After compiling the input-command physical file, you can build logical files upon it to categorize CL commands stored in BCHCMD into different categories. Imagine that you have a bundle of commands that are related to a backup process and are expected to be scheduled to run nightly via the SBMDBJOB command. Your logical file for the backup process might look like the following.



* @file bckupcmd.lf


* Input-command file of the backup process.



* [1]



* [2]




Notes on bckupcmd.lf:


  • Commands selected from this logical file are keyed by the Sequence Number (CMDSEQ) field.
  • Records representing commands to be run in the backup process are expected to have their CTLFLAG filed set to 'B'. Since the job input commands, BCHJOB and ENDINP, are common to all tasks, records with CMDSEQ set to 0 or 9999 are also selected.


Now you can configure your nightly backup process by inserting commands into PF BCHCMD using SQL. After setting your configuration, select your logical file BCKUPCMD, and the result might look like Figure 1.



Figure 1: Your configuration is set! (Click image to enlarge.)


Run the SBMDBJOB or STRDBRDR command against logical file BCKUPCMD interactively like the following.





Checking your QSYSOPR message queue, you might get the following result.


From . . . : LJL 10/10/27 14:53:25




From . . . : LJL 10/10/27 14:54:15





Now you have implemented a configuration-based batch-job utility. You can enable or disable a specific item in your configuration by changing the value of its CTLFLAG. You can also insert a new item into the existing configuration at a specific position by setting the proper value for the CMDSEQ field. You can also change the order of items to be run by changing their CMDSEQ values.

Troubleshooting Failures when Running a Batch Job Using SBMDBJOB or STRDBRDR

The most direct way to determine which failures occurred in a submitted job is by reviewing its job log. After submitting a batch job, the SBMDBJOB comand will send a completion message containing the job ID of the submitted job to the current job's call message queue. You can refer to the job log of the submitted job by issuing command WRKJOB JOB(job-id) OPTION(*JOBLOG) if the submitted job is active or by issuing command WRKJOB JOB(job-id) OPTION(*SPLF) if the submitted job has already ended abnormally. The Work with Submitted Jobs (WRKSBMJOB) command can also be used to locate the submitted job if the job is submitted with SBMDBJOB DSPSBMJOB(*YES).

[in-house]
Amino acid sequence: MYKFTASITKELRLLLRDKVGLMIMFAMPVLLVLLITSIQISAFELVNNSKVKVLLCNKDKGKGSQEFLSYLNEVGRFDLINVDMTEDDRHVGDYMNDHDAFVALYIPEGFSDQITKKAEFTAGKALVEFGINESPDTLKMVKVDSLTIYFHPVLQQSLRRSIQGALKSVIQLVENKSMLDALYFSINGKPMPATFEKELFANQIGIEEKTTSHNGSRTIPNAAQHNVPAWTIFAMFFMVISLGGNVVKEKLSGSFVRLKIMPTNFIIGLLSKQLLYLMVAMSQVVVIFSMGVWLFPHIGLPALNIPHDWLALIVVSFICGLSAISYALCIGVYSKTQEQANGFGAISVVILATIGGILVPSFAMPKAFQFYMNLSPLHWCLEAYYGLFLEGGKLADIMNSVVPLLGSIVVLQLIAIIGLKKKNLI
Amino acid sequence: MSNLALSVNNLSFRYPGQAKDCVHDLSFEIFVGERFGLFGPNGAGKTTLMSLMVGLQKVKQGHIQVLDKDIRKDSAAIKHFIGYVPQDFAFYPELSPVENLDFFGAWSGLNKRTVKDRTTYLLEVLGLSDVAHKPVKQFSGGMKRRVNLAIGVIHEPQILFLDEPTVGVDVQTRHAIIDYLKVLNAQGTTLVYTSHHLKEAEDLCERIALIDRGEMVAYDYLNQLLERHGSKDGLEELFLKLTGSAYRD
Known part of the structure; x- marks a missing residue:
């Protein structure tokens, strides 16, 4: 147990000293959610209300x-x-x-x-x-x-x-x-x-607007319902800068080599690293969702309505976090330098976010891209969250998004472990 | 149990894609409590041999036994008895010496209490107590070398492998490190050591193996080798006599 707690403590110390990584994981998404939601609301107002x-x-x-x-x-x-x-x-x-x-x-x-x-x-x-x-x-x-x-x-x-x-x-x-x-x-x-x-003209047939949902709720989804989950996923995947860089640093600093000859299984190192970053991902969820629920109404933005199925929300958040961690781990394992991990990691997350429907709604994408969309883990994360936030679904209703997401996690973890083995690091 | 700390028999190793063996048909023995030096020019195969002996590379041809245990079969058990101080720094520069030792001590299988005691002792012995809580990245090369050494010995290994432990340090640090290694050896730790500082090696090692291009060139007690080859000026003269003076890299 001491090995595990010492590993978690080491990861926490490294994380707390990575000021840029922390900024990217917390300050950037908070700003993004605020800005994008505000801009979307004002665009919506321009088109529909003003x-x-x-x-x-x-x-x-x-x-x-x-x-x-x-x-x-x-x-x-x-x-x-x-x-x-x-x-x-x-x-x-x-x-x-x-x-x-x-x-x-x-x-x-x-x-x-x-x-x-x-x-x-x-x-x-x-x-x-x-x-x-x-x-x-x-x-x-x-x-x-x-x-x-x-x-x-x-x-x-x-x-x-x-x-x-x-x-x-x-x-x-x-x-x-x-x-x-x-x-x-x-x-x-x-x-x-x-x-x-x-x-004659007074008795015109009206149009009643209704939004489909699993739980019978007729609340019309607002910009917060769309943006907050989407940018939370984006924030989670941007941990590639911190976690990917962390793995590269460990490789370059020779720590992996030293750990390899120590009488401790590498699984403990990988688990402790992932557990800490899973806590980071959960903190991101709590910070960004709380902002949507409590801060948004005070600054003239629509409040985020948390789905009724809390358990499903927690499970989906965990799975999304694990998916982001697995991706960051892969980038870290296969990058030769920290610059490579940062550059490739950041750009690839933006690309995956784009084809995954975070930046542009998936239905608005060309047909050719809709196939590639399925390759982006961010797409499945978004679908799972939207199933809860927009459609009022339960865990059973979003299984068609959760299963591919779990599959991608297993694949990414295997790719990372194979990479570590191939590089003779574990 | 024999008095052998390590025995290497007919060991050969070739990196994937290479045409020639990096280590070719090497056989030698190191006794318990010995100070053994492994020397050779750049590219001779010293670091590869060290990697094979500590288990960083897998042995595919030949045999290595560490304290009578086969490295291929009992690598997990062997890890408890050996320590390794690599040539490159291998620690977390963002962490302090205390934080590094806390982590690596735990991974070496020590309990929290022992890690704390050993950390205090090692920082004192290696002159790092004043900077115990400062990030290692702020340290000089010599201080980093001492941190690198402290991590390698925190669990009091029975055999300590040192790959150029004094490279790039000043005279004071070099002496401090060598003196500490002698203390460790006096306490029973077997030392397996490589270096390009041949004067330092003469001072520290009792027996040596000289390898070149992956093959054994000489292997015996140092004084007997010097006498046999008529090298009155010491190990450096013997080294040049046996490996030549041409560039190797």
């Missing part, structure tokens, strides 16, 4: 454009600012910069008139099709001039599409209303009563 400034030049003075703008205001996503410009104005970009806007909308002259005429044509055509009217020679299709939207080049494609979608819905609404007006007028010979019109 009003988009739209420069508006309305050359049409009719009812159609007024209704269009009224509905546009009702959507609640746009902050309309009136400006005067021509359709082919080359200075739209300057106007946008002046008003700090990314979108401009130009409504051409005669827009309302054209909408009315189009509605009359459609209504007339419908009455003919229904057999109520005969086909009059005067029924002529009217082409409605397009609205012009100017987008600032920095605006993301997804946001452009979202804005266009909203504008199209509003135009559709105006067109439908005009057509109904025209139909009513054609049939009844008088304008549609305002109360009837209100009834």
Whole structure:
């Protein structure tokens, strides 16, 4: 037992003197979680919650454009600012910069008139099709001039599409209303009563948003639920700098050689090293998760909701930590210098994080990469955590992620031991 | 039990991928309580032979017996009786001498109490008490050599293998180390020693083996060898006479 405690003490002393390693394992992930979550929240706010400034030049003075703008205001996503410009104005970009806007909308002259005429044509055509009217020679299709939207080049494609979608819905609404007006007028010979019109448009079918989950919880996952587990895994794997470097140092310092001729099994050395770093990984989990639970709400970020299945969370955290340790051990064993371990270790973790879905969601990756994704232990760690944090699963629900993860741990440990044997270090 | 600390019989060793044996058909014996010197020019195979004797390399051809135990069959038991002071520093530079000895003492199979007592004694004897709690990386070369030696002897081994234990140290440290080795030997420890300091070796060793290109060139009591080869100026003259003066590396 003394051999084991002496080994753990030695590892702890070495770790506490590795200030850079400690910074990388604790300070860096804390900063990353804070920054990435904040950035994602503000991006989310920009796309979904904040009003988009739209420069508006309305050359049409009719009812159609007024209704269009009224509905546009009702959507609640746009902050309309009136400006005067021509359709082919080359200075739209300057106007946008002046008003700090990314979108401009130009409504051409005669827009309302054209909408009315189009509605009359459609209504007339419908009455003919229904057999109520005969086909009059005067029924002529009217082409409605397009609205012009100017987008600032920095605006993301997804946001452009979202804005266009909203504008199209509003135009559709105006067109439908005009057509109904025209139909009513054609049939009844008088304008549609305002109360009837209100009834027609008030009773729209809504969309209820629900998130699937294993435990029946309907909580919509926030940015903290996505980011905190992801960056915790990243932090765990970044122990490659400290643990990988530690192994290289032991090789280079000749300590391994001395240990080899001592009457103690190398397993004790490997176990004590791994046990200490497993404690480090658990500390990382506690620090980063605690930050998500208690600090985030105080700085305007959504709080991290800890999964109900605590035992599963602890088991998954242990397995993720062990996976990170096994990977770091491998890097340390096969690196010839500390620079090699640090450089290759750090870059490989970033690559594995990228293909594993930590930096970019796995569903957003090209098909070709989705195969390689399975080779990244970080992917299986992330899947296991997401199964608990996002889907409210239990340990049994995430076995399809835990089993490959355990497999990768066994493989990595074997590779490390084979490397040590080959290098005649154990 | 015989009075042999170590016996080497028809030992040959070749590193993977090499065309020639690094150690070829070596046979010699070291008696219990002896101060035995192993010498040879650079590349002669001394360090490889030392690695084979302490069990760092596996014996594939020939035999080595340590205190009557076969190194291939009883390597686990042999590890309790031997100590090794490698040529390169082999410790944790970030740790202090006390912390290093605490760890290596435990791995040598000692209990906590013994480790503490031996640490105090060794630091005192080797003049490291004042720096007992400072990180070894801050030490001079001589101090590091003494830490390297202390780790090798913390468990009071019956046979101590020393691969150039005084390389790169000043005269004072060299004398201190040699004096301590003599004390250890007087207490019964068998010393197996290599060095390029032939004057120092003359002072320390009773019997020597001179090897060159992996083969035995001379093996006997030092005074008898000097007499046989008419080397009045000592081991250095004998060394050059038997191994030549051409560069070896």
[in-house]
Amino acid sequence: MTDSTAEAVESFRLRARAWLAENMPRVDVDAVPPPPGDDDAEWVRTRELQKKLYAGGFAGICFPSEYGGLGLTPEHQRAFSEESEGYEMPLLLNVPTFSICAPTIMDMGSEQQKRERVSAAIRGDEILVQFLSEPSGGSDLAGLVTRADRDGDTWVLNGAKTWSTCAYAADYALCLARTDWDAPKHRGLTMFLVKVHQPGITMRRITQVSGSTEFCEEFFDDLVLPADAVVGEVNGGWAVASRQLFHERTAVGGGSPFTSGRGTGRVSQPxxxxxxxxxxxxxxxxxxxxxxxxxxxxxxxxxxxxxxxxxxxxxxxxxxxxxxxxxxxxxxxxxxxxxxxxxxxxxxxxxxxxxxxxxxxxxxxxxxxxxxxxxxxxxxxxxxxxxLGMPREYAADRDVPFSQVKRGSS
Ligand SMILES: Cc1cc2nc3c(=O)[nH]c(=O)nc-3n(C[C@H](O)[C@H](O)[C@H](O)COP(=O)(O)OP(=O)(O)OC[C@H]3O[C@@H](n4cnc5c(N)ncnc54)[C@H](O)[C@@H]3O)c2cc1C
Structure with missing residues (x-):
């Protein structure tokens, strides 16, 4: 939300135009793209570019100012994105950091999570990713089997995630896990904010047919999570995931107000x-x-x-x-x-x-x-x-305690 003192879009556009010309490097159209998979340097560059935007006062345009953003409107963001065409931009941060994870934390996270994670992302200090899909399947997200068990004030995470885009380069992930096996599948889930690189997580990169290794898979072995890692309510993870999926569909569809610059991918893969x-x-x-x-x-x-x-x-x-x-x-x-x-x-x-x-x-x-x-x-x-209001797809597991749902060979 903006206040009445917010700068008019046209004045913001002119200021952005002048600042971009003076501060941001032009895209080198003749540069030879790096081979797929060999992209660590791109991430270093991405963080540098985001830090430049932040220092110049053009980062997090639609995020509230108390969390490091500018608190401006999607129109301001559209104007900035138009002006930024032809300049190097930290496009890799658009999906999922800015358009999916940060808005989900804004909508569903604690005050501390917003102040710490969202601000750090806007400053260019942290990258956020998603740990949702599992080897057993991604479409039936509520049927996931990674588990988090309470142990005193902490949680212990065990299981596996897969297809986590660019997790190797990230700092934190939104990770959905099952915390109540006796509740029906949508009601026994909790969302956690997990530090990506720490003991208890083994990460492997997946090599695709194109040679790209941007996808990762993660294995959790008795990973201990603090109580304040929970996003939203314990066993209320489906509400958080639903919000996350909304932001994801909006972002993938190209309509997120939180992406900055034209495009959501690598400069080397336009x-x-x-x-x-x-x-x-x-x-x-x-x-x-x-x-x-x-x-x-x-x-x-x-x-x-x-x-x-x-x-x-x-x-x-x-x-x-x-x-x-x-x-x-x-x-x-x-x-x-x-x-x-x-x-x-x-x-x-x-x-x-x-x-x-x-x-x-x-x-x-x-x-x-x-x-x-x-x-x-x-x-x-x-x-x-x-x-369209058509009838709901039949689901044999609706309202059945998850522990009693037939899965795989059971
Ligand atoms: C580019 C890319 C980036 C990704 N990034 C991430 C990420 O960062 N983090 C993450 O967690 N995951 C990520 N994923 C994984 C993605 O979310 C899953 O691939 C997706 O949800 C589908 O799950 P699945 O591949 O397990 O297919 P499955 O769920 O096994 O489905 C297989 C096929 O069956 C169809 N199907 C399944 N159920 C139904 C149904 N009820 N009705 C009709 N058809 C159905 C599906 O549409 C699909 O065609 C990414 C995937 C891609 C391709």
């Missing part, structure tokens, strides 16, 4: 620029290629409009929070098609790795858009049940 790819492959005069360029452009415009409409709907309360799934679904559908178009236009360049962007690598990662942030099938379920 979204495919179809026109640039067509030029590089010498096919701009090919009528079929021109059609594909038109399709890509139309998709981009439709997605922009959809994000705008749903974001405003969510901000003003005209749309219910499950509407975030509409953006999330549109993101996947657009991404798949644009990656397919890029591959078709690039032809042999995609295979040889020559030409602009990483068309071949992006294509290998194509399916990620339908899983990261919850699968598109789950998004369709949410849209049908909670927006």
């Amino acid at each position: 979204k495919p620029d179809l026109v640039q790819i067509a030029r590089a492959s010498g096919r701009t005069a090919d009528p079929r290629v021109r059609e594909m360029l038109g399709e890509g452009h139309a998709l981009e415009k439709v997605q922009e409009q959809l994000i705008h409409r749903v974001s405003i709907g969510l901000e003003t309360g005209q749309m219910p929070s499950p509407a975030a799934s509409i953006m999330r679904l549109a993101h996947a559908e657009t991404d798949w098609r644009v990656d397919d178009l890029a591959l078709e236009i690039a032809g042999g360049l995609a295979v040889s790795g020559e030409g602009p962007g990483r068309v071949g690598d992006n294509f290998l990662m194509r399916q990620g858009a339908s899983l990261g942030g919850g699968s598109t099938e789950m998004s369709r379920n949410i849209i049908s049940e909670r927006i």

Unlike SBMDBJOB, the STRDBRDR command sends messages containing the job ID of the submitted job to the message queue specified by the MSGQ parameter of STRDBRDR, which defaults to QSYSOPR.


as/400, os/400, iseries, system i, i5/os, ibm i, power systems, 6.1, 7.1, V7,

Junlei Li

Junlei Li is a programmer from Tianjin, China, with 10 years of experience in software design and programming. Junlei Li began programming under i5/OS (formerly known as AS/400, iSeries) in late 2005. He is familiar with most programming languages available on i5/OS—from special-purpose languages such as OPM/ILE RPG to CL to general-purpose languages such as C, C++, Java; from strong-typed languages to script languages such as QShell and REXX. One of his favorite programming languages on i5/OS is machine interface (MI) instructions, through which one can discover some of the internal behaviors of i5/OS and some of the highlights of i5/OS in terms of operating system design.


Junlei Li's Web site is http://i5toolkit.sourceforge.net/, where his open-source project i5/OS Programmer's Toolkit (https://sourceforge.net/projects/i5toolkit/) is documented.